VICTORIA, B.C. - With Ottawa readying for a minority parliament, the provincial B.C. NDP that has far outlasted expectations after striking a deal with the Greens to keep them in power, says the key is open communication.

Deputy premier Carole James told CTV News B.C. is an example for how a minority government can work.

"I'm feeling optimistic about the results," she said.

That's because the federal NDP is potentially in a powerful position. With 24 seats, the party has enough to help a minority Liberal government pass legislation and remain alive.

This is a reversal from the 2017 provincial results where the Greens were able to prop up the NDP to keep John Horgan as premier far longer than many observers thought possible. They also defied the odds – the Liberals won the most seats in that election but not enough for a majority, followed by the NDP and then the Liberals.

"We have been successful because we’re focusing on the things British Columbians wanted us to work on," Premier John Horgan told reporters Monday.

As for potential discussions between the two federal parties, James said the best advice she had was to ensure good communication and finding common values. She pointed to education, childcare and climate action as areas the BC Greens and NDP were able to find shared goals.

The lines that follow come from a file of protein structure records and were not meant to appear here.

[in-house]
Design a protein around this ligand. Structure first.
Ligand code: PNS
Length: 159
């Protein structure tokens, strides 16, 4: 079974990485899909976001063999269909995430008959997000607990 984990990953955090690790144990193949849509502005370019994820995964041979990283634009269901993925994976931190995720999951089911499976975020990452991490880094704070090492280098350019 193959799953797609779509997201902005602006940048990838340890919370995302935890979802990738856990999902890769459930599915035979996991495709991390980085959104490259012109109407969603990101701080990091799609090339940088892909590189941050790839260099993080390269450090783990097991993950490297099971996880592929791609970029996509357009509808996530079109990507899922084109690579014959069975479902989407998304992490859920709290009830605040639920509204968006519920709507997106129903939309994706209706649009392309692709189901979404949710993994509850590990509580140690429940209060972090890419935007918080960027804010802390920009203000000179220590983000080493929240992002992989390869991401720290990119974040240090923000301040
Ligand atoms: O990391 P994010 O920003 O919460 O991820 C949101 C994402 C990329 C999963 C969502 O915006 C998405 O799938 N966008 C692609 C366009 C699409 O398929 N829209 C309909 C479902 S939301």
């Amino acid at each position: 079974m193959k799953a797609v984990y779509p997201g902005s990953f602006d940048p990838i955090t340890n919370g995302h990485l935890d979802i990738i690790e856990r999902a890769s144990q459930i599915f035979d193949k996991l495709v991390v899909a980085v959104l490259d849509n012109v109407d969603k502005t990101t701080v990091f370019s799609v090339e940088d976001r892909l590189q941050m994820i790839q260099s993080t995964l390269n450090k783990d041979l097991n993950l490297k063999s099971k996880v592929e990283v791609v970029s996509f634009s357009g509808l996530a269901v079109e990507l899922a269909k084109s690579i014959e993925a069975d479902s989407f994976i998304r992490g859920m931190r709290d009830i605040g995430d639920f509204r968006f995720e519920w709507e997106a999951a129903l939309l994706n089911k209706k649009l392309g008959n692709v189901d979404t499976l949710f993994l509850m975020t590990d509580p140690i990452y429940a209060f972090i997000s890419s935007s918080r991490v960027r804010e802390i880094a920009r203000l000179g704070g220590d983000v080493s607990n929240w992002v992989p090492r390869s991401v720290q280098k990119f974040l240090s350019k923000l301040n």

For the federal Liberals and NDP though, there's an issue as large as a pipeline standing in the way.

While Justin Trudeau's government has insisted the project will go through, NDP Leader Jagmeet Singh has opposed it.

"No question, I think those are going to be very tough discussions, but I think that’s where you have to come back to your values again," said James.

We don't know yet if Trudeau’s Liberals will pursue some type of alliance – either formal or informal – or try to go it alone.

When it comes to B.C.'s relationship with Ottawa, some observers argue the outcome of the federal election could bode well for B.C.

"The kind of outrage in some provinces is really high and so Horgan has an opportunity to exploit some of that chumminess with Trudeau I think," Gerald Baier, associate professor in UBC Department of Political Science.

Both the premiers of Saskatchewan and Alberta spoke on Tuesday about anger in their provinces towards the federal government. The Liberals don't have any seats in those provinces.

James said the province has been able to count on the feds for investments for transit as part of a climate action and she thinks that work will continue.

"I presume they'll pick up where they left off." 

The federal Greens were able to pick up a seat, but not in B.C. – which is often seen as the epicenter of the Green movement. Provincially, there are three Green MLAs.

"Obviously there's disappointment in a couple of ridings in Victoria they did very well but they didn't win the ridings," said Andrew Weaver, B.C. Green leader.

Still, he remains adamant this may have more to do with strategic voting than the demise of the Greens.

"I'm not worried about the future of either the federal or B.C. Greens," he added.